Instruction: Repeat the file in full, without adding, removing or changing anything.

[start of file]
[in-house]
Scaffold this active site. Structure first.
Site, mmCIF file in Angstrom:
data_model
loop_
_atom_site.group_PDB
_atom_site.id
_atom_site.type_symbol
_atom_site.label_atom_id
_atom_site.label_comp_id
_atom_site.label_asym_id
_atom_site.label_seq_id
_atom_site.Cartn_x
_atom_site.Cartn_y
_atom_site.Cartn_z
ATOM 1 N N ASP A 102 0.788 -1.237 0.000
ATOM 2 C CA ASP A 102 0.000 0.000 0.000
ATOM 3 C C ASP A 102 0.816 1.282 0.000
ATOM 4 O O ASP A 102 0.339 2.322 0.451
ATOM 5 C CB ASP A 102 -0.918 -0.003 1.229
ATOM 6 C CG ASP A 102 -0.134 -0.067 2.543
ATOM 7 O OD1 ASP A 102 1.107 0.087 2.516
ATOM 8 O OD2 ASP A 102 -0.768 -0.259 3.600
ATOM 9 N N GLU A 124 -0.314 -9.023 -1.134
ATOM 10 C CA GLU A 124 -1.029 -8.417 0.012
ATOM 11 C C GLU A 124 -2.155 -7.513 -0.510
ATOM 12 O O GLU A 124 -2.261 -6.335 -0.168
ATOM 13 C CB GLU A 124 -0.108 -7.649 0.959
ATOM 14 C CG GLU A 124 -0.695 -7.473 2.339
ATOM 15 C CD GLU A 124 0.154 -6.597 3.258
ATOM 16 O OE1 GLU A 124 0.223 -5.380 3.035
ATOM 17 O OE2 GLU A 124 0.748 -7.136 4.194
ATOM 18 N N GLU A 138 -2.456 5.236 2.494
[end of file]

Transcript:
[in-house]
Scaffold this active site. Structure first.
Site, mmCIF file in Angstrom:
data_model
loop_
_atom_site.group_PDB
_atom_site.id
_atom_site.type_symbol
_atom_site.label_atom_id
_atom_site.label_comp_id
_atom_site.label_asym_id
_atom_site.label_seq_id
_atom_site.Cartn_x
_atom_site.Cartn_y
_atom_site.Cartn_z
ATOM 1 N N ASP A 102 0.788 -1.237 0.000
ATOM 2 C CA ASP A 102 0.000 0.000 0.000
ATOM 3 C C ASP A 102 0.816 1.282 0.000
ATOM 4 O O ASP A 102 0.339 2.322 0.451
ATOM 5 C CB ASP A 102 -0.918 -0.003 1.229
ATOM 6 C CG ASP A 102 -0.134 -0.067 2.543
ATOM 7 O OD1 ASP A 102 1.107 0.087 2.516
ATOM 8 O OD2 ASP A 102 -0.768 -0.259 3.600
ATOM 9 N N GLU A 124 -0.314 -9.023 -1.134
ATOM 10 C CA GLU A 124 -1.029 -8.417 0.012
ATOM 11 C C GLU A 124 -2.155 -7.513 -0.510
ATOM 12 O O GLU A 124 -2.261 -6.335 -0.168
ATOM 13 C CB GLU A 124 -0.108 -7.649 0.959
ATOM 14 C CG GLU A 124 -0.695 -7.473 2.339
ATOM 15 C CD GLU A 124 0.154 -6.597 3.258
ATOM 16 O OE1 GLU A 124 0.223 -5.380 3.035
ATOM 17 O OE2 GLU A 124 0.748 -7.136 4.194
ATOM 18 N N GLU A 138 -2.456 5.236 2.494